MHP Brokers Tips and Tricks Podcast, Why Lifestyle Design is the Business Wave of the Future

August 14, 2022 by Maxwell Baker

In this episode of The MHP Broker’s Tips and Tricks podcast, Maxwell Baker, president of The Mobile Home Park Broker, will explain the principles of Lifestyle Design and how it creates better work/life balance. Then he’ll offer eight tips that can help get you and your company there.

This and every Tips and Tricks podcast episode are brought to you by The MHP Broker’s’  proprietary Community Price Maximizer. Use this four-step system to get the highest price possible for your mobile home park or RV community when you sell it through The MHP Broker. Guaranteed. Ask Max for details.

Here Are the Show Highlights:

  • Max explains how the lifestyle design concept improved the way he does business. And it supports his belief that the fundamentals of business need to be “boring.” That is, the process should be established and closely followed to avoid unpleasant surprises. (0:58)
  • He discusses how, when he started The MHP Broker in 2009, it was one of three jobs he held down just to survive. He worked 80-hour workweeks and wracked up credit card debt of nearly $30,000. He also had an unreliable partner who soon left the business. (1:46)
  • As difficult as it was, it was what he had to do to keep on going until he could make a success of his company. It’s why people come from all over the world to the U.S. because it really is possible to live the American Dream with a whole lot of hard work. But it wasn’t the life Max wanted to live over the long run. (2:55)
  • Gradually, over time, he came to see how he could gain a better work/life balance by running his business through lifestyle design. He lays out eight concepts of lifestyle design, starting with reading two inspirational and highly recommended books on business: The 4-Hour Workweek, by Tim Ferriss, and The World is Flat: A Brief History of the Twenty-First Century, by the noted economist Thomas Friedmann. One lesson he learned from the books was how to work virtually, in collaboration with professionals with unique talents from all over the world. His first and most valuable remote collaborator was a woman from the Philippines who, like Max, regularly turned in 70-hour workweeks. She worked closely with Max for two years and helped him grow his company. The MHP Broker now rents office space in Bangalore, India, and employs a staff of eight there to handle project management, research, property management, accounting, HR, calendar management and other responsibilities that don’t require a physical presence. (3:53)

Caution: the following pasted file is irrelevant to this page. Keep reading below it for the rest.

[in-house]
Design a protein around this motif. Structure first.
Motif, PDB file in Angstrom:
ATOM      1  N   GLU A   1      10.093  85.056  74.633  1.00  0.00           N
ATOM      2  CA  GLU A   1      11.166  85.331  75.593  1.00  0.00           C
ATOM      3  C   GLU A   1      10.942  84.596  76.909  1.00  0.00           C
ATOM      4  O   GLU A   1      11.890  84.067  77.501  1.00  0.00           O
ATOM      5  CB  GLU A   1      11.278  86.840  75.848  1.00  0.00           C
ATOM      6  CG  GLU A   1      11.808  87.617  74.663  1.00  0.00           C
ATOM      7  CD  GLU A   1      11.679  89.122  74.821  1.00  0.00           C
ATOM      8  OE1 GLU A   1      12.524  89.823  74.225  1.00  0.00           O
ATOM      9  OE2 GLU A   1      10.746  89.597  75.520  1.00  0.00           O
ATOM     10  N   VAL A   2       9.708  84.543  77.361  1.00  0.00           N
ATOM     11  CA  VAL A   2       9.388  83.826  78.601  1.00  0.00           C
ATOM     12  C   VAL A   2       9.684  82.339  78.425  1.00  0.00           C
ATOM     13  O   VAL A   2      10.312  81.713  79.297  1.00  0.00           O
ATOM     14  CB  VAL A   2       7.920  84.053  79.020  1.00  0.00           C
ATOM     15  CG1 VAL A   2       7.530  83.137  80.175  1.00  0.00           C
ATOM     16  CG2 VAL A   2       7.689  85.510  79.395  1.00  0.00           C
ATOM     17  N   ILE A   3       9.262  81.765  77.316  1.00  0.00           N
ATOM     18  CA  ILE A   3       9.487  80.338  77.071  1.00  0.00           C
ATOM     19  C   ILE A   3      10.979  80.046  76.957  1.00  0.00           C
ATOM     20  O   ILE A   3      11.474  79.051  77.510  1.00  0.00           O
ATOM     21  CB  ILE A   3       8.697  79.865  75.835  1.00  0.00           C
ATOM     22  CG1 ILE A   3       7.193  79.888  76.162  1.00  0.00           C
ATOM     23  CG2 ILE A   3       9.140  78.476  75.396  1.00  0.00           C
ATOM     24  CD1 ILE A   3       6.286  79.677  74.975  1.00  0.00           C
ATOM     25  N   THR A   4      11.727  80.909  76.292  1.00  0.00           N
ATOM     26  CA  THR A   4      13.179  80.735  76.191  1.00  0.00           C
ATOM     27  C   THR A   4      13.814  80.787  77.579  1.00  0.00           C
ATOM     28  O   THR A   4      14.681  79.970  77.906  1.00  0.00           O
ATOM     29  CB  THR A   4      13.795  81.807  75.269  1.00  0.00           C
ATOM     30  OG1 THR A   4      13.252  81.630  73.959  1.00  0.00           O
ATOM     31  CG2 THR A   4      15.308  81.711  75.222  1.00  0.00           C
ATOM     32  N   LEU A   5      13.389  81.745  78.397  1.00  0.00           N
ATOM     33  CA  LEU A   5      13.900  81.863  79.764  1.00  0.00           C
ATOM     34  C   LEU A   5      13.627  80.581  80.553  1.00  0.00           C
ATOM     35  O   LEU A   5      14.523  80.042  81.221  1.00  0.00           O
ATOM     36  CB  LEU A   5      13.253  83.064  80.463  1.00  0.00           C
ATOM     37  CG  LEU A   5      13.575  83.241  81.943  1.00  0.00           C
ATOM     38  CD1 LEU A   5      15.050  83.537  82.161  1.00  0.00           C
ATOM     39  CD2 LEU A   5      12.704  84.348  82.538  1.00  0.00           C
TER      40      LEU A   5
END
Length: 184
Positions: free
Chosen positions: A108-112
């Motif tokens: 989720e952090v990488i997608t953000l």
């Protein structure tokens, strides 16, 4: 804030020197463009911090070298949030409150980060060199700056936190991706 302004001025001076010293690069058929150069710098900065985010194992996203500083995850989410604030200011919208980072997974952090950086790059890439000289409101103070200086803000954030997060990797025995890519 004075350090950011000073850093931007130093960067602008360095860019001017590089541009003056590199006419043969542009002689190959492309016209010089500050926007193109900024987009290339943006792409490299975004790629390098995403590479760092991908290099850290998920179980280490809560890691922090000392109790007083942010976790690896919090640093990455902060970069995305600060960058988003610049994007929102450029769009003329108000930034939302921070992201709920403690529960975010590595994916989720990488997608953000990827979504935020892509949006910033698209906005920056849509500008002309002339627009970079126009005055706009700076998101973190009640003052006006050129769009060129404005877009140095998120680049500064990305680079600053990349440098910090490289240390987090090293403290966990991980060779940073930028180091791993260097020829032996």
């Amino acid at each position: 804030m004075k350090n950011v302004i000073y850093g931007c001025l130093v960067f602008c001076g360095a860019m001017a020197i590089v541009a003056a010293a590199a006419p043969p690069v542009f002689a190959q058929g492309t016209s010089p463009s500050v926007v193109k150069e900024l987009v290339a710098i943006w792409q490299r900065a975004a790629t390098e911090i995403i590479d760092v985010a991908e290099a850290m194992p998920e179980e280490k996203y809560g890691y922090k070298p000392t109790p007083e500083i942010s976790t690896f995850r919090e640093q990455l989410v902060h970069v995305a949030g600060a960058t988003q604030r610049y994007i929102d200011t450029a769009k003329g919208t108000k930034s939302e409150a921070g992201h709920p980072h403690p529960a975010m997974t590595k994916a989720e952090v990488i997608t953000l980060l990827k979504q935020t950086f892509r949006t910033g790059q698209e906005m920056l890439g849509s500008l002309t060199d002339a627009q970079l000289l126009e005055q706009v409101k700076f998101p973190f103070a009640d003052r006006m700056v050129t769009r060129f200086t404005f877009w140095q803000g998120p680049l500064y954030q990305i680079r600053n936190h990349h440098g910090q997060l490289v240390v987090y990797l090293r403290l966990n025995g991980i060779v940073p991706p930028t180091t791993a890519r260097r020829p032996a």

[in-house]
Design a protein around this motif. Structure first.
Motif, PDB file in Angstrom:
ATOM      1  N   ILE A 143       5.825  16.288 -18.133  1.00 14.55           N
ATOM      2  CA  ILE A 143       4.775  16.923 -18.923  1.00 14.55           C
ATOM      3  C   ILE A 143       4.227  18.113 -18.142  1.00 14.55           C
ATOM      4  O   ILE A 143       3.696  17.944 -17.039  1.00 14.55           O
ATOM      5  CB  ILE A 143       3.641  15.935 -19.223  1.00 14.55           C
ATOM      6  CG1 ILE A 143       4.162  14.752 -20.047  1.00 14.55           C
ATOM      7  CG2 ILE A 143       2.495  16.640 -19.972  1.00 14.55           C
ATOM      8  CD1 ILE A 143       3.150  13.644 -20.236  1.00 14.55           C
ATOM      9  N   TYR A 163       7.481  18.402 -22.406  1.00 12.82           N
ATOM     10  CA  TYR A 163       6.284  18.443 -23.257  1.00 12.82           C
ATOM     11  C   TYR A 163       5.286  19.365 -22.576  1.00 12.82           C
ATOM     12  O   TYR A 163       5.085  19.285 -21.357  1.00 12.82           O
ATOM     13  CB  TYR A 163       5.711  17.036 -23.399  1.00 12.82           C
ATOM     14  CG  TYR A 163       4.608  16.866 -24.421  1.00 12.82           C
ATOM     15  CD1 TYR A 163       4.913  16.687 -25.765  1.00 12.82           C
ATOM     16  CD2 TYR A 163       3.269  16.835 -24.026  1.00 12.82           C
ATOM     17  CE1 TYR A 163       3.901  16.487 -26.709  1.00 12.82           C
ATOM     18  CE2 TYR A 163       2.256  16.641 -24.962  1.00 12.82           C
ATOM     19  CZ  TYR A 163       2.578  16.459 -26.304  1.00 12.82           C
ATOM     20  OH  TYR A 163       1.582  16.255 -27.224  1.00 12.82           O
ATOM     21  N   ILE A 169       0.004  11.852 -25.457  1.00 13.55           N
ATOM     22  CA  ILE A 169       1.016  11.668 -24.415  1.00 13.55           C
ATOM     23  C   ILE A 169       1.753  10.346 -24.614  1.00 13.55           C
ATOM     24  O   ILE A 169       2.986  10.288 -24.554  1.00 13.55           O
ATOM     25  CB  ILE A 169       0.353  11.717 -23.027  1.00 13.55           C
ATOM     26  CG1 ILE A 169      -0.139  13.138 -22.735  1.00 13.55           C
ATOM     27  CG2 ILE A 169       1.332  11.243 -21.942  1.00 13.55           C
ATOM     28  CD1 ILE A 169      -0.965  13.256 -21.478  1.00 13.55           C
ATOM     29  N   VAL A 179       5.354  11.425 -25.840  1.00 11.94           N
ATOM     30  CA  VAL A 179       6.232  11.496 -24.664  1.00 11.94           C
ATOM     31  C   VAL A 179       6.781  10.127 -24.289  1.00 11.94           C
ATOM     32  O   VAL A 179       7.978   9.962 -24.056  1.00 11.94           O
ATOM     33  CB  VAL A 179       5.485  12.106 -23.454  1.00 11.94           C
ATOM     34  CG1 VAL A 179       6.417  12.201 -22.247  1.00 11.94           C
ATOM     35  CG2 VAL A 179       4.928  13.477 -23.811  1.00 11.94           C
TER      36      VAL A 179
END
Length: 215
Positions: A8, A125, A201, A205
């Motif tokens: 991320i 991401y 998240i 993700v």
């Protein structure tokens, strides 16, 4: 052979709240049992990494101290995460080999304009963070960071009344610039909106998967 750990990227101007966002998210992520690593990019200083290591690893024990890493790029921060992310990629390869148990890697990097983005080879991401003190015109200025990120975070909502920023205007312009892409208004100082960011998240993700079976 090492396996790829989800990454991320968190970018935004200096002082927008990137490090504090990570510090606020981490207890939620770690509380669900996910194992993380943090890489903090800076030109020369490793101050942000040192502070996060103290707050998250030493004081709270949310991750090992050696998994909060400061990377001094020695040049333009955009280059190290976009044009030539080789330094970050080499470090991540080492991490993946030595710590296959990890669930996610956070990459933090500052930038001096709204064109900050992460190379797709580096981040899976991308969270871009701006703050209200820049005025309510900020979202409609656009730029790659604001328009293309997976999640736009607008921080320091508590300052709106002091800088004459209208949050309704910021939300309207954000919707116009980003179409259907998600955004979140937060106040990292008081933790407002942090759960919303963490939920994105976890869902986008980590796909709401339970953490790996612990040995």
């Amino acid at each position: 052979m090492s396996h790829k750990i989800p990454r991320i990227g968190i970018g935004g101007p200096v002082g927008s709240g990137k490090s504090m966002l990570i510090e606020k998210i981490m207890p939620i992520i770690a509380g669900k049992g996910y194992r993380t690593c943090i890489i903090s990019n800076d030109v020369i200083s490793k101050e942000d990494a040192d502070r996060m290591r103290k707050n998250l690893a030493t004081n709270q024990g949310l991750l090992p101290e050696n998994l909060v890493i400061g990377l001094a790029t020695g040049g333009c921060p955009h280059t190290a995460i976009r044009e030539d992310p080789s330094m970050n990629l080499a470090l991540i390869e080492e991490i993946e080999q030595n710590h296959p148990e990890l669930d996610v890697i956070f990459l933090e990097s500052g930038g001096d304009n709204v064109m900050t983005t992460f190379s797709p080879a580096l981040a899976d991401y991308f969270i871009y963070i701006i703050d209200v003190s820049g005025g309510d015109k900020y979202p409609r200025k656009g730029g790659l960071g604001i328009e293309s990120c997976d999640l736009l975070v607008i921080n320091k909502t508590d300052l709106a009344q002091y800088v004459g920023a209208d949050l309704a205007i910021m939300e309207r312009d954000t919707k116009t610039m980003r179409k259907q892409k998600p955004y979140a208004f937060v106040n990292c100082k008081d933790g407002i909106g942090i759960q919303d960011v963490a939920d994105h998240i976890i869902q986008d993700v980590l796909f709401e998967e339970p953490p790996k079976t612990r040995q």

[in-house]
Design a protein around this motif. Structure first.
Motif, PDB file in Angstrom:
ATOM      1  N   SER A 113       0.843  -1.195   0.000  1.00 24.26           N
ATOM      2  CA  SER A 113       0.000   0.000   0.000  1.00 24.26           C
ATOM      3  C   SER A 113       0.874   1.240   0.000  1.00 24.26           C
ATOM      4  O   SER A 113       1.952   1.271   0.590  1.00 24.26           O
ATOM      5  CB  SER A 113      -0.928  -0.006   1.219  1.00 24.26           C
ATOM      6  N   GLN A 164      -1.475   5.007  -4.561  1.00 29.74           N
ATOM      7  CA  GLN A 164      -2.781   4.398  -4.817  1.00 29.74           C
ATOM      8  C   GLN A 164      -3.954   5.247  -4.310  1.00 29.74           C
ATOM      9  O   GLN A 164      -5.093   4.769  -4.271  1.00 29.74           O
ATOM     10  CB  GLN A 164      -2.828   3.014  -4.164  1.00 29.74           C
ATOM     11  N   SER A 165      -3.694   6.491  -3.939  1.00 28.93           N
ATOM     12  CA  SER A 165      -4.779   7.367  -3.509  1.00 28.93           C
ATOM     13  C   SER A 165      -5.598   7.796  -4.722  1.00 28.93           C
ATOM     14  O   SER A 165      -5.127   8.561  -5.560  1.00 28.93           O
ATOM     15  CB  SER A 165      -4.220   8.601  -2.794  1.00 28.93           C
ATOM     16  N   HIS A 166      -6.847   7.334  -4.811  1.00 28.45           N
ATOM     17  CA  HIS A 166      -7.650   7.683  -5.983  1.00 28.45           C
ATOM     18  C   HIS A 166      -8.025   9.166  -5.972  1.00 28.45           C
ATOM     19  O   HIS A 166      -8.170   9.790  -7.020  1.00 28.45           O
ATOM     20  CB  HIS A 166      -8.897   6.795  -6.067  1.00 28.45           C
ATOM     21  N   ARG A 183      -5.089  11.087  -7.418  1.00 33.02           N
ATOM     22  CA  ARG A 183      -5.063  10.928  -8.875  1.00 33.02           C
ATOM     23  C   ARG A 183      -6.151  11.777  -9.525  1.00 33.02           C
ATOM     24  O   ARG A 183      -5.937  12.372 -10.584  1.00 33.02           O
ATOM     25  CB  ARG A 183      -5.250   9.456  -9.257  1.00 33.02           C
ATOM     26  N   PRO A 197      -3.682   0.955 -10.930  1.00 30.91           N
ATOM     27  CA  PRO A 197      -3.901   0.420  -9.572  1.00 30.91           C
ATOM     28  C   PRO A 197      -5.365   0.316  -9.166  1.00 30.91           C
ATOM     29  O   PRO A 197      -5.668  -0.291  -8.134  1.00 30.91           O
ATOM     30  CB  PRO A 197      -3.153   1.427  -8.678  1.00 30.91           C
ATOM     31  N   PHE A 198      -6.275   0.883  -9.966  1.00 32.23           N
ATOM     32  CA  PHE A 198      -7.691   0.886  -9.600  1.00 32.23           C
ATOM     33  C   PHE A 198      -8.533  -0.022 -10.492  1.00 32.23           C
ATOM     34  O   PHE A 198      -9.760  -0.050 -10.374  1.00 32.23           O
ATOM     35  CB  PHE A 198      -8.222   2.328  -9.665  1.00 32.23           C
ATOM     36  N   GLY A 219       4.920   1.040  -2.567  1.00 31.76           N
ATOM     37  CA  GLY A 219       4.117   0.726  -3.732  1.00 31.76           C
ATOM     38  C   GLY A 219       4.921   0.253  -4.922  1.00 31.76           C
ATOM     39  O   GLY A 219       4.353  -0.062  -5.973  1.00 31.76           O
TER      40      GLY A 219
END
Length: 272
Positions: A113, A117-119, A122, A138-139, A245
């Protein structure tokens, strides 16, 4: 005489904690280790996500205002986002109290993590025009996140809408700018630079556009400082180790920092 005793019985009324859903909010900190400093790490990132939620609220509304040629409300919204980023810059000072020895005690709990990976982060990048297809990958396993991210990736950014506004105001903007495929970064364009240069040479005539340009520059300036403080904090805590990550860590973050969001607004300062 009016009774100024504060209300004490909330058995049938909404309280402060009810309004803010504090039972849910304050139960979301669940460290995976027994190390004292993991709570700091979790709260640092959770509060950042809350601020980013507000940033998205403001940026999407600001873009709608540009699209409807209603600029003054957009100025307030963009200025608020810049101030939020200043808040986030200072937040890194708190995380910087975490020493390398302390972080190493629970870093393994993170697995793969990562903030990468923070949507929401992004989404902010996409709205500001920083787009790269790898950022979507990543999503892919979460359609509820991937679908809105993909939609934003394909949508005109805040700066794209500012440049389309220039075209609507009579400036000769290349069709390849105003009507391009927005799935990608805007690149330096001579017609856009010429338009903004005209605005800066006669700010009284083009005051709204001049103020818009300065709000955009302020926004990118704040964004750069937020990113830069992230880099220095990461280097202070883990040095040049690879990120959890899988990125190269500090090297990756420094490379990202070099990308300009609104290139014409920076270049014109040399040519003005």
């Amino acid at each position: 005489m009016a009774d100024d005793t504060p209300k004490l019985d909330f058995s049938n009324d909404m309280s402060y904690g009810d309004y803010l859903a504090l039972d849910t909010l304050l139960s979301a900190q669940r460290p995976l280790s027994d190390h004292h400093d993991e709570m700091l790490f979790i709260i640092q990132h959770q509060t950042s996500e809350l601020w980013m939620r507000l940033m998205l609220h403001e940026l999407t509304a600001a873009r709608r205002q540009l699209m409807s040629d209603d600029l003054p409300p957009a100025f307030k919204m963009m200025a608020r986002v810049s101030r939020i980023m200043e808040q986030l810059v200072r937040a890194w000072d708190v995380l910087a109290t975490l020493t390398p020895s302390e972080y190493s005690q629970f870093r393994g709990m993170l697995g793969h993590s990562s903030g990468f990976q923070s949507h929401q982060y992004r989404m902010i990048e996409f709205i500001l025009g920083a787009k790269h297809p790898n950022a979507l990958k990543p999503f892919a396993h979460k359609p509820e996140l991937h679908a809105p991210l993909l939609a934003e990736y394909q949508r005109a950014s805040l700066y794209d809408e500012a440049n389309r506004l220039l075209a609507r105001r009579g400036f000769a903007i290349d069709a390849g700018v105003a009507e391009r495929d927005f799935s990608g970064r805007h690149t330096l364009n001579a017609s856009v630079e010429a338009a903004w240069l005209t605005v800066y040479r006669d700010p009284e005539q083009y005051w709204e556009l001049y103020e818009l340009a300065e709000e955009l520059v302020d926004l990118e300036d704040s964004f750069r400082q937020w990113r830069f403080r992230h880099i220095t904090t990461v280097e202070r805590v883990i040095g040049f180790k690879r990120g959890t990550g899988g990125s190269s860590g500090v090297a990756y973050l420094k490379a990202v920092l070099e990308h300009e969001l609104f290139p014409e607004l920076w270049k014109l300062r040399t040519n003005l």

• The number two tip for achieving better work/life balance and lifestyle design in work is regular planning. Max and his wife, Kathryn, hold quarterly and annual meetings. The key is to not just plan business activities long-range, but to figure out how to become a better person, as well. (5:21)
  • The number three concept is to treat your employees fairly and better structure your expectations of them. You can do this by expecting them to specialize in one to three areas. In this way, they won’t feel lost or intimidated, and you can expect to see winning results because they’re well trained, comfortable with their responsibilities and confident that they know what they’re doing. (6:27)
  • The number four tip is to always have training manuals. When you put policies, procedures and expectations in writing, fewer mistakes are made. Max’s company currently uses the digital work management platform Asana in this regard. Everyone knows and can use the program and the content stored there. (8:00)
  • Tip five is to stay flexible and keep your mind open for new and better ways of doing business. Read, listen and discuss. Don’t ever think you know it all, no matter how long you’ve been in business or your position of power. (8:48)
  • Tip number six: eat right and stay active. Max and Kathryn hold walking meetings. And they (usually) try to eat nutritiously. Diet and exercise add to the “life” aspect of work/life balance. (9:34)
  • The number seven tip to lifestyle design in life and business is to be good to yourself. Earlier in his career, Max was extremely hard on himself, and that would cause periodic burnout. He took to writing in a journal, exercising and even seeing a therapist to learn how to be less self-critical and improve the quality of his life. (11:30)
  • Max’s last tip is to refrain from always comparing yourself to the competition and other super-successful people. You’ll always feel like you suffer in comparison. Work instead on becoming a better you. That’s more productive and a better way to live your life. (12:50)

Reach out to Max if you’d like to hear more about lifestyle design as a better way of running your business and your life. Just drop Max a line at or give him a call at 678-932-0200.

Power Quotes on This Episode:

 “…the fundamentals (of your business) need to be about as boring as watching a snail cross the road.” (0:58)

I think I made $3,500 on my very first deal and the credit card debt was close to $30,000 even with the three jobs I had.” (1:46)